Tuesday, April 20, 2010


Update: let me just say this about the DVD... Warner Brothers kinda sucks when it comes to transferring their classics to DVD. Blade Runner shook back and forth and was making me dizzy, and Batman, well... I don't know the technical term, but I think it has to do with normalization. The brightness was normalized on it. This is Batman we're talking about here. This is $60 million for Jack Nicholson. This is Batman logo tattoos and haircuts in the backs of peoples' heads. This is Sean Young stalking Tim Burton... no, wait, that's the second one. The point is, I want a crisp transfer, boys! You better hope you got the Blu-Ray right! I want the brights BRIGHT! I want it to look like the tarmac scenes in 1941, or every Oliver Stone film from the 90s. BRIGHT, BRIGHT, BRIGHT! Okay, on to the review proper.

Awright! It's been a long while, so let's crank out a damn movie review here! So this is the question that surely comes to mind now in this post-9/11 world: is there still room on the DVD shelf for the 1989 Batman? Apparently, Warner Brothers must be having their doubts, as it's now bundled with the likes of Blade Runner, Blade and 2001: A Sbace Odyssey... wait, that last one has no B in it. And I guess I reserved some doubts myself when I first saw it lo those many years ago. Not that I didn't get caught up in the hype, of course. The wall-to-wall ads, the fact that a relative hippie sprout like Tim Burton was helming the project. Oh, I cared about such things back then, don't kid yourselves. But on and on I ramble. Still, kinda hard to believe this was the blockbuster that it was watching it now, but it was.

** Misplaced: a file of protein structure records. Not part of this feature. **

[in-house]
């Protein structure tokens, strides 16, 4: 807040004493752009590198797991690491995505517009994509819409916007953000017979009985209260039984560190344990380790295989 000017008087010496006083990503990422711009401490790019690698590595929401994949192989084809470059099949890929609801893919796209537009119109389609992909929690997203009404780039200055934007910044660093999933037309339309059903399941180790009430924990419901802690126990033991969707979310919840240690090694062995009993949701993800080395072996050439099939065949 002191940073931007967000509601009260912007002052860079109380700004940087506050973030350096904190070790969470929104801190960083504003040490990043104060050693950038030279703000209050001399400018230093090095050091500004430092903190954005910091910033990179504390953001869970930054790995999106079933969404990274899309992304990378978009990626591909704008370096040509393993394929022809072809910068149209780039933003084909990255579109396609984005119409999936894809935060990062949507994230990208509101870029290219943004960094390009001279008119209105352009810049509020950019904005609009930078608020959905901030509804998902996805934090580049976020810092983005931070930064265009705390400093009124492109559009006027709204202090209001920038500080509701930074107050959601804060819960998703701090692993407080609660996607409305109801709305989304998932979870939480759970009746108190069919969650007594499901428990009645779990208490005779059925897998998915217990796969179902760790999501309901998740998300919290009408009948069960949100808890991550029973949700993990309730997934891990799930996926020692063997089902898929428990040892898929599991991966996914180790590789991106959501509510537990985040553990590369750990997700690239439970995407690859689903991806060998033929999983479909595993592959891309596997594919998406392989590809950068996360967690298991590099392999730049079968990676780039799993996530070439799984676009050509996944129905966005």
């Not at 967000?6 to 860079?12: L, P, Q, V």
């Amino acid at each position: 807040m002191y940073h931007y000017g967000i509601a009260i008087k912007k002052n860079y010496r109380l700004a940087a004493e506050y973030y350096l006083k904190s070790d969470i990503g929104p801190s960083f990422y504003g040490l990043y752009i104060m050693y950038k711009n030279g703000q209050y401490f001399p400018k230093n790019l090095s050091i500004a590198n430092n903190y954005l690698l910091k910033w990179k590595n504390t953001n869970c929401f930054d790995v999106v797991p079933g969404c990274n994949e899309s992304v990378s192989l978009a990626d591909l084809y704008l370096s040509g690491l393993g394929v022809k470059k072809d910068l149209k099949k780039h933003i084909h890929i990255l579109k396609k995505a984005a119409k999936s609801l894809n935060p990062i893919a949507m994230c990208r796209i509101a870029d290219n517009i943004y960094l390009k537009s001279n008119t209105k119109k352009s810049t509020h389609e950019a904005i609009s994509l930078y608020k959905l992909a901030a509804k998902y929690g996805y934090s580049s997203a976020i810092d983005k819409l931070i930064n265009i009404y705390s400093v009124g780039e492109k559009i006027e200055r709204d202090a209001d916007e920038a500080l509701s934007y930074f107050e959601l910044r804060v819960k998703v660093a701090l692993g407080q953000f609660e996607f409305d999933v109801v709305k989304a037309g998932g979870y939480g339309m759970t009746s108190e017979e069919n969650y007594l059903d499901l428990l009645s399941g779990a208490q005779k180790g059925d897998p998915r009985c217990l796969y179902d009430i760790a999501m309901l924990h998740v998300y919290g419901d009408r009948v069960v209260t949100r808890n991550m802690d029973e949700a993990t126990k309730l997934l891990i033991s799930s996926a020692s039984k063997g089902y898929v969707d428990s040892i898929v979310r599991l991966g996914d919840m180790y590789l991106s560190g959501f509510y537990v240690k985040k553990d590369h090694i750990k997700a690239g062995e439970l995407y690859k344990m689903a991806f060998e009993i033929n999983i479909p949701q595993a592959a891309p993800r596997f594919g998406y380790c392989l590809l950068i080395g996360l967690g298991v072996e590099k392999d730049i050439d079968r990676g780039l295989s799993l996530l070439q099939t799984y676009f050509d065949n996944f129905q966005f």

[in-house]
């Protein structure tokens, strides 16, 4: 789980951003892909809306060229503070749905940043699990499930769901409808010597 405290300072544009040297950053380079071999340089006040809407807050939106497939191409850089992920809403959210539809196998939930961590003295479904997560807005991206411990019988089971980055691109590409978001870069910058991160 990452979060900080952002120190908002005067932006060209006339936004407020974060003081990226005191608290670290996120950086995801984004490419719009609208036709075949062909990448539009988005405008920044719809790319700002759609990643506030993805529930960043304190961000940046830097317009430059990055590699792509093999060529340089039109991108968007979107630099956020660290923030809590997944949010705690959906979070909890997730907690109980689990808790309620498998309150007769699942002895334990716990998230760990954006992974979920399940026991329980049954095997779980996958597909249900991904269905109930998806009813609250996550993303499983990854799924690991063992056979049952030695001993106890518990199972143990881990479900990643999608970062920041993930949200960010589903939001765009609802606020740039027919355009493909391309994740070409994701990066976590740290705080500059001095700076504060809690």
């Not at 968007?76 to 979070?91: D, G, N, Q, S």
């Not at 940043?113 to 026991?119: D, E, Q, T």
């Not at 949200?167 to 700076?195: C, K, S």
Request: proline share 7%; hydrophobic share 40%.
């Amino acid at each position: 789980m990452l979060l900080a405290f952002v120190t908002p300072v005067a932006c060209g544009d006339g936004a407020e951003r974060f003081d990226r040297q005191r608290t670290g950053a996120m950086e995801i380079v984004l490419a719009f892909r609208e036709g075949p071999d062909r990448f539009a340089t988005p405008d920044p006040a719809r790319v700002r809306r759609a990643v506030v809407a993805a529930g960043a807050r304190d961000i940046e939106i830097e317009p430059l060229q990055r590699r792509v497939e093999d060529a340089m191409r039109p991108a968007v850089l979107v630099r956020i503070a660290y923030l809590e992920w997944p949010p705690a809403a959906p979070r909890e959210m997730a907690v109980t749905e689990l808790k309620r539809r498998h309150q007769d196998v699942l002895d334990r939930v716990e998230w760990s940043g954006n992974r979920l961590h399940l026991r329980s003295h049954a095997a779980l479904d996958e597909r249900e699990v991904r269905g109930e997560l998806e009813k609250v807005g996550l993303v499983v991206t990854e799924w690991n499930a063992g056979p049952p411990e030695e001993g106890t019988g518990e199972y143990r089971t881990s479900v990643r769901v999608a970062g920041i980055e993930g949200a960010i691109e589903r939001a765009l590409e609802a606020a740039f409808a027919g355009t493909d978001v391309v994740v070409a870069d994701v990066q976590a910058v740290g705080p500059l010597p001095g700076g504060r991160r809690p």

But since Burton's gone on to ruin the Planet of the Apes franchise, I can't help but think now that there's a little of the ol' TV show in this film incarnation, that Jack Nicholson seems to channel Cesar Romero a little bit, and the camera tilts slightly at times, especially during the art gallery sequence. It still has some satirical bite: The Magic Christian turned slightly on its ear.
But some of the casting choices do suffer a bit. Michael Keaton? Well, once upon a time he was a star, and after doing such films as Gung Ho, Touch and Go and The Squeeze, why wouldn't he be a shoe-in for the role of the new Caped Crusader? A little more down to earth than Superman to be sure, but a little meaner too. Not Superman 3 mean, but mean. Robert Wuhl kinda doesn't work for me, either, but he's suffered enough as it is. I won't heap on him any further.
As for the rest, well, that Hootkins was a hoot with that baritone voice of his. And if you need a mayor of New York or Gotham, why not get someone like Lee Wallace? That voice! That resumé! Sometimes you need a guy with experience. And gotta love Bob, that veteran of Jonathan Demme films like Silence of the Lambs and Philadelphia... even Beloved, for God's sake! Now that's dedication. Of course, he's no Dick Miller to Joe Dante; he wasn't even in Stop Making Sense, for God's sake! It makes no sense! Nevertheless, I have seen that guy before... just, never in person. Anyway, Tim Burton's Batman is at least daring in its casting choices, casting a few people over 30, unlike the new one. Oh, and I forgot to mention Jack Palance, chewing his way through his two scenes harder than even Christopher Walken ever could. I felt sorry for him, but he got through his two-pic deal with Guber and Peters. Somehow ironic that he gets killed early in this one, yet survives to the bitter end in Tango and Cash.
Anyway, I ramble on and on. I must confess I cut right to the good parts when re-watching this one. As with A Fish Called Wanda, I tended to skip around to the parts with Kevin Kline. With Batman, it's straight to the Joker's big scenes. And so, here's a toast to the world's first and last fully functioning homicidal artist.

-so sayeth The Movie Hooligan

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